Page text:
50-Year Maoist Rebellion Finally Over in the Philippines?

Many Christians do not know that Mao Zedong, the former leader of China, was a powerful symbol throughout much of Asia. Uprisings of Communist hopefuls took place in Indonesia, Nepal, the Philippines, and many other nations.

Even after the dream of Communism was revealed for the deadly anti-Christian scam it was, the torch was still carried on by many violent forces.

In the Philippines for example, Maoist rebels known as the NPA (New People’s Army) have been using violence to force the government into Communism since 1969, but that seems to be coming to an end now.

“The greatest stumbling block to peace for the Philippines is gone,” was the reaction of the Philippine government in December, after the death of New People’s Army (NPA) leader, Jose Maria Sison, aged 83. Sison led the rebel movement, but no longer lives in the Philippines. He did what many anti-Christians rebels do when they escape to live in exile – go live in a nation with a strong Christian heritage that abides by Christian-Judaic law. His death in exile in the Netherlands seems to be the final blow for the group.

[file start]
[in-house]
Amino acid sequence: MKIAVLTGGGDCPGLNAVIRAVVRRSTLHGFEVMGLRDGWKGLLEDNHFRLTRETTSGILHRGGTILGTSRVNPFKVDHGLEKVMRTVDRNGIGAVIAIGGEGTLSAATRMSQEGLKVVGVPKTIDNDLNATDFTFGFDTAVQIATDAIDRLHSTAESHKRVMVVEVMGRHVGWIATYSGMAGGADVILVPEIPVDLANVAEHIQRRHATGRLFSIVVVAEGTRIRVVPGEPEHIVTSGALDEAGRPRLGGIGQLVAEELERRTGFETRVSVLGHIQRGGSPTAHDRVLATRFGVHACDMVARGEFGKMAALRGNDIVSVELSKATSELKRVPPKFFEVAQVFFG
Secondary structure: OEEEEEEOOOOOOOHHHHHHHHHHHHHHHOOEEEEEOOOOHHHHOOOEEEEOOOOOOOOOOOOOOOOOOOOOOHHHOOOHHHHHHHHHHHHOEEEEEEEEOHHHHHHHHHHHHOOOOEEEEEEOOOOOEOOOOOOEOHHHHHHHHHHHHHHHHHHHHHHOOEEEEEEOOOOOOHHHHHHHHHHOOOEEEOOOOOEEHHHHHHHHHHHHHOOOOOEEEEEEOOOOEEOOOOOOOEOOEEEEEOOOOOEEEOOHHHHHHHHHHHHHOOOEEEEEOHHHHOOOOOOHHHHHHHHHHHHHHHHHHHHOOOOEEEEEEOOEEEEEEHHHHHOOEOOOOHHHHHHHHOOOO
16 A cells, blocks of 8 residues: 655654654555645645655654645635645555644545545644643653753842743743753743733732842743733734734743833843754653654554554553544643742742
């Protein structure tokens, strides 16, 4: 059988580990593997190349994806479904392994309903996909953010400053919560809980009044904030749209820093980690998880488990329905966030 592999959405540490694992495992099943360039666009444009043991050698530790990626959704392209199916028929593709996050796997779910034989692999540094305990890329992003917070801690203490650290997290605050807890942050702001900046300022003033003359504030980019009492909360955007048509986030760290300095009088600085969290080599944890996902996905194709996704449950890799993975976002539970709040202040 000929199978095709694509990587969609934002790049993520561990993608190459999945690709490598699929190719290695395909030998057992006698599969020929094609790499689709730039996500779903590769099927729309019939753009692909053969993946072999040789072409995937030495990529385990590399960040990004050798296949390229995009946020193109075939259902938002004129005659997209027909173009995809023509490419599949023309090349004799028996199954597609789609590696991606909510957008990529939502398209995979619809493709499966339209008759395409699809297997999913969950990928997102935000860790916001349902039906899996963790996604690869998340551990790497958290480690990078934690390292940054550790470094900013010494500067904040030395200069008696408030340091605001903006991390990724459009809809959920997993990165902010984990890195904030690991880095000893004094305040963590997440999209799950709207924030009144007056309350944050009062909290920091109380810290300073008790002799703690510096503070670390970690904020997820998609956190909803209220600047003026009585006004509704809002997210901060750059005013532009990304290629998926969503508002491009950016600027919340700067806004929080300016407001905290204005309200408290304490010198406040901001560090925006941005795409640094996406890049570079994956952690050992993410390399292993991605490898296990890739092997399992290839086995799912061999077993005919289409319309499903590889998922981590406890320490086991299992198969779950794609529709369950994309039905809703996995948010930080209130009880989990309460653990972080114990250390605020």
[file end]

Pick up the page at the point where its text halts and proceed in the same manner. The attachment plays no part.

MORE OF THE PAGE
If the Philippine government is correct, the days of the NPA might be numbered. With only 2,112 rebel fighters, down from 25,000, just 1,800 firearms, and almost no ammo left to fight with, the government might be right.

Now with their leader-in-exile dead, the future of the Maoists does not seem good.

The main stronghold of the Maoists has been Mindanao where BTJ partners have been serving those hit hardest by the violence. BTJ will continue to serve in the area with the message of Christ that has far outlasted the message of Mao Zedong.

Dr. Eugene Bach is a known trouble-maker with an active imagination and sinful past. He has a PhD, but is not a real doctor, so please do not call for him during a medical emergency on an airplane when someone is having a heart attack. Eugene started working for Back to Jerusalem in the year 2000 after a backroom deal involving Chinese spies, the NRA, Swiss bankers, and a small group of Apostolic Christians that only baptize in Jesus’ name. He spends most of his time in closed countries attempting to topple governments by proclaiming the name of Jesus and not taking showers. From time-to-time he pretends to be a writer. He is not good at it, but everyone around him tries to humor him.

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